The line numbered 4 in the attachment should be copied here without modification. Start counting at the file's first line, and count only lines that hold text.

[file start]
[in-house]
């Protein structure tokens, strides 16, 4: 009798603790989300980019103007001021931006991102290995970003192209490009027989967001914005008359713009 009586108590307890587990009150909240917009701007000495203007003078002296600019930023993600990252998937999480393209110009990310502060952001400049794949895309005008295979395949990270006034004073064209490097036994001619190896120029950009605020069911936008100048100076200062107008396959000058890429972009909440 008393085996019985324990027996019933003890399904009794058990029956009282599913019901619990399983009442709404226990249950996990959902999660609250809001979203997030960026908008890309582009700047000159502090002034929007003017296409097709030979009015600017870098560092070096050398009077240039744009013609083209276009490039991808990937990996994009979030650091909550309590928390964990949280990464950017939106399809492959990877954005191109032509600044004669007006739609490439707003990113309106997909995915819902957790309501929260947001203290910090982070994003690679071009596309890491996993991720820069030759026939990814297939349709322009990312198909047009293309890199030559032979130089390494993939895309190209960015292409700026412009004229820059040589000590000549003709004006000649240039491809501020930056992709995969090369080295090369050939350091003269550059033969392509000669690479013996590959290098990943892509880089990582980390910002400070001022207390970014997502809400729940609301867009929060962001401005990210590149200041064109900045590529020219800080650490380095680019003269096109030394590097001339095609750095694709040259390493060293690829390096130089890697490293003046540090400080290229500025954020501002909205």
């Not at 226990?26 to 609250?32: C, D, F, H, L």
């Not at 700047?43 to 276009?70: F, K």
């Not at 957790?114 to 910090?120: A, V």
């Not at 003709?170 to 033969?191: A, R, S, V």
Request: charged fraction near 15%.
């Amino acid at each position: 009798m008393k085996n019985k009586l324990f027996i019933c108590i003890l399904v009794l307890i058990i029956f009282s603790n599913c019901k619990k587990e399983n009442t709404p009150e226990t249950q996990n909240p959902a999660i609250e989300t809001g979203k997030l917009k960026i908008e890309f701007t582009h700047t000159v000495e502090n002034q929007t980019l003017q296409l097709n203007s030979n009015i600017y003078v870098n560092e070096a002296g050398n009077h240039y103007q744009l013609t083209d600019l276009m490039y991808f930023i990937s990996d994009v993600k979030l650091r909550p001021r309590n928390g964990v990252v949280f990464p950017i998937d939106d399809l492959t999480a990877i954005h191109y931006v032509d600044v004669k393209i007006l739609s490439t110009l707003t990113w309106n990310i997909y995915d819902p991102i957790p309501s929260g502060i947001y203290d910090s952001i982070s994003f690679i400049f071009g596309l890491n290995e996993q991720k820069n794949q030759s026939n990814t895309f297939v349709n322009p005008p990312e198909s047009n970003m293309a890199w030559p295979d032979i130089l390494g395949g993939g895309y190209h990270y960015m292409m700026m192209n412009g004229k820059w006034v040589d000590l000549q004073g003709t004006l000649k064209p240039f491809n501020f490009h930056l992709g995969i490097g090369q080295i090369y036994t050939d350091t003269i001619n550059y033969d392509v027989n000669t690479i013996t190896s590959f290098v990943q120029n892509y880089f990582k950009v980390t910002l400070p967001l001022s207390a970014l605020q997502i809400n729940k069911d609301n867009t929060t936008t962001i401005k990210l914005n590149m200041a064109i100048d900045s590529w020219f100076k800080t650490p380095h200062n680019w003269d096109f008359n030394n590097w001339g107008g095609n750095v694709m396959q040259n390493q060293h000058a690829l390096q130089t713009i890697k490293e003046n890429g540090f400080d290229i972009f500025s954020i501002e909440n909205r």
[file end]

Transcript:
């Not at 700047?43 to 276009?70: F, K």